In the late 1930s, Gibson attempted to revive flagging banjo sales with the introduction of the radical new line of top-tension Mastertones, much as they had tried to recapture the dying mandolin market in the mid-1920s with Lloyd Loar’s Master Model series. Like the Loar instruments, the top-tensions could not reverse prevailing musical trends and sold poorly; also like the Loars, the top-tensions are today revered as some of the finest instruments ever produced by the Gibson company. Top-tension Mastertones were offered in styles 7, 12, and 18; the lucky owner of this beautiful RB-12 tells us its story:
“This is RB-12 #411-1. It is an original five-string flathead top-tension Mastertone matching catalog description in every respect. . . I have owned this banjo since 1972, having acquired it in a trade with George Gruhn. . . It was in virtually new, unplayed condition when I got it and remains in excellent condition. Lovingly and reverently played, it has been my main performing instrument, conditions and common sense permitting, all these years and I must claim the responsibility for the normal playing wear it shows.
When I first set it up to play I stored the original tuning pegs and case, installing Keith pegs and Planets that required no alteration. I have partially refretted it twice. Most recently I replaced the first fourteen frets and did some very careful fretboard restoration that had become necessary since the first refret (1-10) a decade or more ago. If anyone is curious about the hex nuts on the hooks. . . I put them on as a precaution against stripping any of the threads in the flange. All the original threads are intact and the careful coordination of the backup nuts takes up some of the load when adjusting. A number of top-tensions I know of have helicoil inserts or conventional nuts doing the job. The backup nuts work. #411-1 has no stripped threads.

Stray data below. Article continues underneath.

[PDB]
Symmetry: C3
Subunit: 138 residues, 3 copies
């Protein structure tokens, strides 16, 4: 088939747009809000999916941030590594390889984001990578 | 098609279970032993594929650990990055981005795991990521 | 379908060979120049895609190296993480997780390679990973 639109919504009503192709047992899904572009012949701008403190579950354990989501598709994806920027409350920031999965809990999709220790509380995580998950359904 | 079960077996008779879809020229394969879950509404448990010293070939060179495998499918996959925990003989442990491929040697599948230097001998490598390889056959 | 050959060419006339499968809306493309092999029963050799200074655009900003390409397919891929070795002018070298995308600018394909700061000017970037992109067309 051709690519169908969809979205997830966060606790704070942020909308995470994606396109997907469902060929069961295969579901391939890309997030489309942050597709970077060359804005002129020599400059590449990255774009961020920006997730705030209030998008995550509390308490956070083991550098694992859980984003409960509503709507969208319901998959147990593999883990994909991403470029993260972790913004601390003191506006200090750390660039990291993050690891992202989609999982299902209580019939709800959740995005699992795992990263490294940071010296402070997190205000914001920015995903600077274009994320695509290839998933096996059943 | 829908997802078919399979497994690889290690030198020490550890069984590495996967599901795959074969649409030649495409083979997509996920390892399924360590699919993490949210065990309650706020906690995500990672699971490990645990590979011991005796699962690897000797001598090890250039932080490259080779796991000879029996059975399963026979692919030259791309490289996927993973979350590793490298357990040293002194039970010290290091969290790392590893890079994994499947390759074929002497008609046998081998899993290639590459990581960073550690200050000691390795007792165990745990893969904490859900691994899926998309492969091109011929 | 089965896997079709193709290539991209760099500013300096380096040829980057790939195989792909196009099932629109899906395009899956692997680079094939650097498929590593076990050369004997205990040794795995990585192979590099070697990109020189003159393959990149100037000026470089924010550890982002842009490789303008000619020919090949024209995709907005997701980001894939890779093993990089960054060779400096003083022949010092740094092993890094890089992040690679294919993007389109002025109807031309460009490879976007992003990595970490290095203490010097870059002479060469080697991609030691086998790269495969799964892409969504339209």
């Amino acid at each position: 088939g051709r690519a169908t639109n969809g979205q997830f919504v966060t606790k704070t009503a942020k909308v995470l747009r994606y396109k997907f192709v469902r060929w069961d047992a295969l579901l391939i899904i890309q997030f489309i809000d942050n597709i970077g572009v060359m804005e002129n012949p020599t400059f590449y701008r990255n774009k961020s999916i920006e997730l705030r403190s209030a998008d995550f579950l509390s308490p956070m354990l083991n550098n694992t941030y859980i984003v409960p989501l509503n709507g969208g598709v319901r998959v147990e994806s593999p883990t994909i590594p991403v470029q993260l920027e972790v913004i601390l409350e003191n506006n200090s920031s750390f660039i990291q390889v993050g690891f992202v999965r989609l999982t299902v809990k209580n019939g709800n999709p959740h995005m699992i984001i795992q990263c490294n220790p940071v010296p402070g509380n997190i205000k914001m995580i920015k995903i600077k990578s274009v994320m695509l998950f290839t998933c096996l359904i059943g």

This banjo has the entire palette of sounds one expects from an original flathead and it is an inspiration to my playing that I continue to enjoy and gratefully appreciate–Mike Johnson (Georgia/Florida).”
The early history of #411-1 (see Gibson banjo serial numbers vs. factory order numbers) presents a bit of a puzzle. Gibson records show that it was shipped on May 9th, 1938 to Fred Walker, a Gibson dealer in Baltimore, Maryland; former owner Jeff Tordoff, however, recalls buying it in the early 1970s from a retired man in Lansing, Michigan named “Red”, who claimed to have bought the banjo at the Gibson factory in Kalamazoo circa 1941. The most likely explanation is that Fred Walker returned the banjo to Gibson unsold where it was later bought by “Red”.
Photos courtesy of Mike Johnson.